NAACP president questions Council’s legal memo
Dozens of individuals and representatives of civil rights, voter rights and other advocacy groups testified on Jan. 26 in support of a home rule petition to skip a special election to fill the mayor’s seat soon to be vacated by Martin Walsh.
Citing the difficulty of collecting signatures and campaigning during a pandemic and the possible disruption of a process that could lead to as many as four people serving as mayor in a one-year period, activists and elected officials spoke in support of the petition, filed Jan. 8 by City Councilor Ricardo Arroyo.
The most heated moment in the council hearing came, however, when NAACP Boston Branch President Tanisha Sullivan called into question a legal opinion, which Councilor Lydia Edwards obtained from the council’s in-house attorney, that cited a conflict of interest in declared candidates and an acting mayor voting on the matter.
That memo, if accepted by the council, would have precluded councilors Andrea Campbell, Michelle Wu, Annissa Essaibi George and Kim Janey from voting on the home rule petition while requiring seven “yes” votes for the measure to pass.
In her testimony, Sullivan called the legal memo an attempt to “chill progress on the matter.”
“What I’ve seen is not legal analysis,” she said. “It a complete misread of the law on its face. And you don’t need a law degree to understand that. And because it’s such a blatant act, we have to call it out for what it is: It’s an attempt to oppress and subjugate.”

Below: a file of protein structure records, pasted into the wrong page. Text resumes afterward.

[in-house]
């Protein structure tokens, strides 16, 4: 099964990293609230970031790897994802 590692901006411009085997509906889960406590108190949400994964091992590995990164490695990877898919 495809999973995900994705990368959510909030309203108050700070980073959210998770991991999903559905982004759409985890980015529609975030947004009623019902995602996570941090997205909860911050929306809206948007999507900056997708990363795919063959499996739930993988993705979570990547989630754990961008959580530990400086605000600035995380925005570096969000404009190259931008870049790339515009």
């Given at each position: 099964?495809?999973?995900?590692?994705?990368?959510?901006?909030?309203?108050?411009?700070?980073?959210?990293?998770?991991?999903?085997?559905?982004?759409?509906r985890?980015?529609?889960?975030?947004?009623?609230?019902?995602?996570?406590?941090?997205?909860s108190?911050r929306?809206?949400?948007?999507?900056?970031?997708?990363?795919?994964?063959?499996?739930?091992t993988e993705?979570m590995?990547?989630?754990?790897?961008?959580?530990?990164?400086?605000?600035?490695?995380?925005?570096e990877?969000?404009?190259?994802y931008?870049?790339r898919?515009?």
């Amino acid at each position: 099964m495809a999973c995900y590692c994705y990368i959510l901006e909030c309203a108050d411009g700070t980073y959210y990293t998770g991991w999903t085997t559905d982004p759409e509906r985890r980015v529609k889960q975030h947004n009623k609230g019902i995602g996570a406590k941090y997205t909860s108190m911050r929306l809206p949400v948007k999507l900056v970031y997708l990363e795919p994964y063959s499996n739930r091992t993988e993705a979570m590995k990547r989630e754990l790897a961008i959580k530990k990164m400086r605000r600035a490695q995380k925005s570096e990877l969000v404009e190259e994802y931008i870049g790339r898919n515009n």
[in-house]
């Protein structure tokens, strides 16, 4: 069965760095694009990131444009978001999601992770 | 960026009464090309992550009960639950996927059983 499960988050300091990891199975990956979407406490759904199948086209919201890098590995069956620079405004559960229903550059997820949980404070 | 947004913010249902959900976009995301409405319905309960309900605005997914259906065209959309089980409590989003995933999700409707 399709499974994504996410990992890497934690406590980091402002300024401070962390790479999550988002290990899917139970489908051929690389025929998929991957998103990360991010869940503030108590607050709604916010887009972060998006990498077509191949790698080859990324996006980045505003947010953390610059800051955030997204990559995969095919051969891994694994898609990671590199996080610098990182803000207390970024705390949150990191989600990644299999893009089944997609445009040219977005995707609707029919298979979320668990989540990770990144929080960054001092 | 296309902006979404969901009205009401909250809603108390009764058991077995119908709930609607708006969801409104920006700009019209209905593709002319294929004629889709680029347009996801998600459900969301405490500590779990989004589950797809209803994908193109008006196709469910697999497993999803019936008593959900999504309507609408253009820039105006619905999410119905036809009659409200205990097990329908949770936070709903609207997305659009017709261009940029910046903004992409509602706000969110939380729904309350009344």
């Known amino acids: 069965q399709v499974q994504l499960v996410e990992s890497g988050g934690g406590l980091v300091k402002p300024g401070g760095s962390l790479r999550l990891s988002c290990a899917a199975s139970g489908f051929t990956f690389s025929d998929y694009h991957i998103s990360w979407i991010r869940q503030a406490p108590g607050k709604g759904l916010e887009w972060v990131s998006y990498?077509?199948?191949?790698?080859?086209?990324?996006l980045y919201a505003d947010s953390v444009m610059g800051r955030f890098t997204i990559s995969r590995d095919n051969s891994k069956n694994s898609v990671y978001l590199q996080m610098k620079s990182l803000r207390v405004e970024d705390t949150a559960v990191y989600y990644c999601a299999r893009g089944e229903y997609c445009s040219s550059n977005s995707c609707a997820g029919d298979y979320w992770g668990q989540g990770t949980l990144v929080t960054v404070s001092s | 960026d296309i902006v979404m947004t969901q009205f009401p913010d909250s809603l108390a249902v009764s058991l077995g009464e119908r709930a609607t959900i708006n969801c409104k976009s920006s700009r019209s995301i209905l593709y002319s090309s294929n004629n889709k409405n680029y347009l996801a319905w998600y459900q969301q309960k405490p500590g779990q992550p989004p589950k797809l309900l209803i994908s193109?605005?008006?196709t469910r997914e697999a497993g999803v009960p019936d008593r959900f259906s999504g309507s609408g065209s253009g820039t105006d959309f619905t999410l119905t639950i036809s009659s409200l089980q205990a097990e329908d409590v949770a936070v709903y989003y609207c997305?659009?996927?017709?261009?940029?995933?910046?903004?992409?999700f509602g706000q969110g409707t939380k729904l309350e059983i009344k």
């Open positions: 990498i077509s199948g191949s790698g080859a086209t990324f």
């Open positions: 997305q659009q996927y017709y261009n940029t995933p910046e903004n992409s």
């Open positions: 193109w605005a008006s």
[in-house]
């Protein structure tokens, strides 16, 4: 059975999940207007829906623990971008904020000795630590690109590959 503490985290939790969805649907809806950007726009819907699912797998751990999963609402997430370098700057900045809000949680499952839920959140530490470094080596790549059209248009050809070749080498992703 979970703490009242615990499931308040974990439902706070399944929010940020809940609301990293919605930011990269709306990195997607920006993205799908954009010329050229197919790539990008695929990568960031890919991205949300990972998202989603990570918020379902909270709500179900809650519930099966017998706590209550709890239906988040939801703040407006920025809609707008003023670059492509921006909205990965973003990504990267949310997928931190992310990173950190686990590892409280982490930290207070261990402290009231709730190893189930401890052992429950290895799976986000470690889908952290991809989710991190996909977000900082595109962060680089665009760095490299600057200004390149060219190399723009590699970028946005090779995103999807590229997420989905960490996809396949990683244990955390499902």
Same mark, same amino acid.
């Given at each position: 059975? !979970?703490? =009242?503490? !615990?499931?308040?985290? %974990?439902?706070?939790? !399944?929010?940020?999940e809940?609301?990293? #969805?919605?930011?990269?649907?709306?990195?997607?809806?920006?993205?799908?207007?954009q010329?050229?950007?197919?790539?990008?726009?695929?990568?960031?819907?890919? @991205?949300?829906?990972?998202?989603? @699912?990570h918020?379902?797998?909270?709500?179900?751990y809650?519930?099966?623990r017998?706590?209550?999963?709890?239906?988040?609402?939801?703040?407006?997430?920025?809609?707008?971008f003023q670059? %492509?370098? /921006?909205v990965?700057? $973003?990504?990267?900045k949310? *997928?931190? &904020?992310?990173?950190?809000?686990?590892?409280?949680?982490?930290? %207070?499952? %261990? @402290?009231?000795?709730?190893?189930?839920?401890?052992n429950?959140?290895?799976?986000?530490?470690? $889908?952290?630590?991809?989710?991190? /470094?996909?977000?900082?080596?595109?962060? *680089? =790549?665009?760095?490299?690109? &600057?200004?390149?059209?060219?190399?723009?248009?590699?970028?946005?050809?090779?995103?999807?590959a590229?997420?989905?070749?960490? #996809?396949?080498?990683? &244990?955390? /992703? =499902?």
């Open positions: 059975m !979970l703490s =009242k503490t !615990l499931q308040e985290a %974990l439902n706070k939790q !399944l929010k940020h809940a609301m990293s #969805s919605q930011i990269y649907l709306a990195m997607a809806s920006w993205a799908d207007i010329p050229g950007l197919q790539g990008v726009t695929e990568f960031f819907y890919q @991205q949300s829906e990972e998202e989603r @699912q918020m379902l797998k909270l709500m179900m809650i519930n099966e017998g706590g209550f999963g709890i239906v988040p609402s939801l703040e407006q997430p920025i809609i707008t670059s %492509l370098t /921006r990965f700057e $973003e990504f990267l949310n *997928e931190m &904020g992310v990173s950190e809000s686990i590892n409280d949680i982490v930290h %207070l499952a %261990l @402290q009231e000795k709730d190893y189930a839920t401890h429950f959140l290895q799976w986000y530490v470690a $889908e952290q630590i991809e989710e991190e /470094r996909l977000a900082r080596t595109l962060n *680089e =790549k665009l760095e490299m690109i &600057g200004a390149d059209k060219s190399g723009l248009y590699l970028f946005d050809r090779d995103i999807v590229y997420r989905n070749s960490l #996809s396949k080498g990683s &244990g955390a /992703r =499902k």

The home rule petition Arroyo is seeking would have to pass with a majority of votes on the council, obtain Mayor Martin Walsh’s signature, pass in the Legislature and be signed by the governor. The move is not unprecedented. The City of Lawrence earlier this year passed a home rule petition to cancel a special election to replace former Mayor Dan Rivera, who now heads the quasi-governmental agency MassDevelopment.
Boston city councilors in 2007 passed a home rule petition cancelling a regularly scheduled preliminary election in which the four at-large members would have been among the nine candidates on the ballot.
Sullivan noted that councilors often vote on matters in which they have financial and political interests.
“We see as residents week-by-week the city council voting on issues that have a personal impact on you, not the least of which, your salary,” she said. “Maybe that should be on the ballot.”
While the legal memo took the city’s attorney, Christine O’Donnell, a week to produce, Arroyo and Janey both obtained contradictory rulings from the State Ethics Commission within hours of requesting them last week. In its ruling, the ethics commission cited the same law referenced by O’Donnell, but noted the law explicitly exempts home rule petitions.
Sullivan characterized the memo as an attempt to prevent Campbell, Janey and Wu from voting.
“My heart is breaking having to acknowledge this overt attempt to misuse the law to silence the voices and neutralize the power of the women of color who have declared their candidacy for mayor and the Black woman who will become acting mayor,” she said. “It does make me scratch my head and wonder why it is that we would use this opportunity to call into question the integrity of these women.”
Edwards came to the defense of O’Donnell, whose memo came under fire during the hearing, referring to her as competent and kind.
“I don’t want you to ever think I question what you did or why you did it,” she said, addressing O’Donnell. “You answered a question. We are all lawyers. We can disagree and not be disagreeable. At the end of the day, my colleagues went to the highest source on this. They have spoken. The process is continuing.”
The Government Operations Committee, which Edwards heads, will hold a working session on the home rule petition Friday. A vote on the matter was scheduled for Wednesday, Feb. 3.